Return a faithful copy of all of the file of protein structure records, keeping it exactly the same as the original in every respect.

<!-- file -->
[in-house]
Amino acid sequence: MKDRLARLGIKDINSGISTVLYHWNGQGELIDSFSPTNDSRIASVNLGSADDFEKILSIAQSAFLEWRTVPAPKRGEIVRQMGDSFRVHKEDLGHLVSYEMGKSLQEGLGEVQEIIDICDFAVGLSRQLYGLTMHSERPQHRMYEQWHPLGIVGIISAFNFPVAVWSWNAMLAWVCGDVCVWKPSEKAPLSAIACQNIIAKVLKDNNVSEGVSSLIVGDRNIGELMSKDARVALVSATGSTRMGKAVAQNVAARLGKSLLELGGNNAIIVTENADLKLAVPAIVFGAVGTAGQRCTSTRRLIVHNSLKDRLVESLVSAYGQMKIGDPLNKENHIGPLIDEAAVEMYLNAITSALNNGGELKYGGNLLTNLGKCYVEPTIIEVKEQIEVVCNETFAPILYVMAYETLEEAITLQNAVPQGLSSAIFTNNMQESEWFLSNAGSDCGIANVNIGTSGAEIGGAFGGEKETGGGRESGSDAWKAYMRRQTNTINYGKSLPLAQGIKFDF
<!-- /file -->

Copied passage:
[in-house]
Amino acid sequence: MKDRLARLGIKDINSGISTVLYHWNGQGELIDSFSPTNDSRIASVNLGSADDFEKILSIAQSAFLEWRTVPAPKRGEIVRQMGDSFRVHKEDLGHLVSYEMGKSLQEGLGEVQEIIDICDFAVGLSRQLYGLTMHSERPQHRMYEQWHPLGIVGIISAFNFPVAVWSWNAMLAWVCGDVCVWKPSEKAPLSAIACQNIIAKVLKDNNVSEGVSSLIVGDRNIGELMSKDARVALVSATGSTRMGKAVAQNVAARLGKSLLELGGNNAIIVTENADLKLAVPAIVFGAVGTAGQRCTSTRRLIVHNSLKDRLVESLVSAYGQMKIGDPLNKENHIGPLIDEAAVEMYLNAITSALNNGGELKYGGNLLTNLGKCYVEPTIIEVKEQIEVVCNETFAPILYVMAYETLEEAITLQNAVPQGLSSAIFTNNMQESEWFLSNAGSDCGIANVNIGTSGAEIGGAFGGEKETGGGRESGSDAWKAYMRRQTNTINYGKSLPLAQGIKFDF